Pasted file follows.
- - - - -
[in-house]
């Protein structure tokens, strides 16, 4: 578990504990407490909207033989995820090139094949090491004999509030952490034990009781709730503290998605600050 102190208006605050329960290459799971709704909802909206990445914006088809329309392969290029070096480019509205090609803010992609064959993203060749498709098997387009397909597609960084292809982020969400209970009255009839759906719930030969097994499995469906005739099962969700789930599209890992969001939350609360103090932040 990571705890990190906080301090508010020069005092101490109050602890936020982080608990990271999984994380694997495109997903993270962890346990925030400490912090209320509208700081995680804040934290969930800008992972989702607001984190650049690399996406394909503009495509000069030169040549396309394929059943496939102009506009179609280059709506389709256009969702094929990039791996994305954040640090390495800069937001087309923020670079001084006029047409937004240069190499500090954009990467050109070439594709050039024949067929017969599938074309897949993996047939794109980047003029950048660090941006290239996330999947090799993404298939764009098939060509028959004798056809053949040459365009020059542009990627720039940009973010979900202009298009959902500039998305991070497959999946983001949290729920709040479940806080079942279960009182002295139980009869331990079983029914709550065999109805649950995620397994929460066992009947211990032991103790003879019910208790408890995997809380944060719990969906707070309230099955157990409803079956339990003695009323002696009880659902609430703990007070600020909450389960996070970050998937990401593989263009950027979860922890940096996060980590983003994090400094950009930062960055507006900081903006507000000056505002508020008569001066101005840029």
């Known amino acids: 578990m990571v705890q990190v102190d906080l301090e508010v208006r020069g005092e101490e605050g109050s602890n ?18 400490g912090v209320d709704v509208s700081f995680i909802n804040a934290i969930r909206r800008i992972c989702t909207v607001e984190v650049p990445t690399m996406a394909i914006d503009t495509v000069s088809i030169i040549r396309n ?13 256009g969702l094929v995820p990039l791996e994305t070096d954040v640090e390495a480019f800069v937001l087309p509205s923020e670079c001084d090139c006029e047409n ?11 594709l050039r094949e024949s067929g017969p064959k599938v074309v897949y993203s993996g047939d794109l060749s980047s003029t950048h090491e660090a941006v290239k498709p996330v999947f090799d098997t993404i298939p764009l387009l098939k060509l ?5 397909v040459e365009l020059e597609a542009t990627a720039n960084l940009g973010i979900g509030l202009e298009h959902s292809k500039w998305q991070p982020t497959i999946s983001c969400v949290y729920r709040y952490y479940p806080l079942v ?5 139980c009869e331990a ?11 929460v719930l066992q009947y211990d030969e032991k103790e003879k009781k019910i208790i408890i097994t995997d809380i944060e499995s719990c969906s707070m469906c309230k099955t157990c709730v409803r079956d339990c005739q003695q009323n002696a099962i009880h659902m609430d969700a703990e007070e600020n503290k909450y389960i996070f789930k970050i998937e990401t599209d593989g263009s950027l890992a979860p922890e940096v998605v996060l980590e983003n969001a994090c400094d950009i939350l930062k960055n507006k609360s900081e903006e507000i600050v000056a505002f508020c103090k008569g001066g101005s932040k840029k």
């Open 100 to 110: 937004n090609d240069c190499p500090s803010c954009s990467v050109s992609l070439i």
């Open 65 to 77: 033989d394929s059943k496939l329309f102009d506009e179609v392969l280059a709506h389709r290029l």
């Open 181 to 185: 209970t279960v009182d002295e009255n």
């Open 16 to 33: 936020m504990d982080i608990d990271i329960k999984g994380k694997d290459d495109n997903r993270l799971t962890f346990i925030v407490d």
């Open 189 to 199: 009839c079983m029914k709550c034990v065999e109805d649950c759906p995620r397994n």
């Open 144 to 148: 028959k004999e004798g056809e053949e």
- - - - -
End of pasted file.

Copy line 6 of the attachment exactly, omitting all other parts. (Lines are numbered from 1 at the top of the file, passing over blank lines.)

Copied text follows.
């Open 181 to 185: 209970t279960v009182d002295e009255n």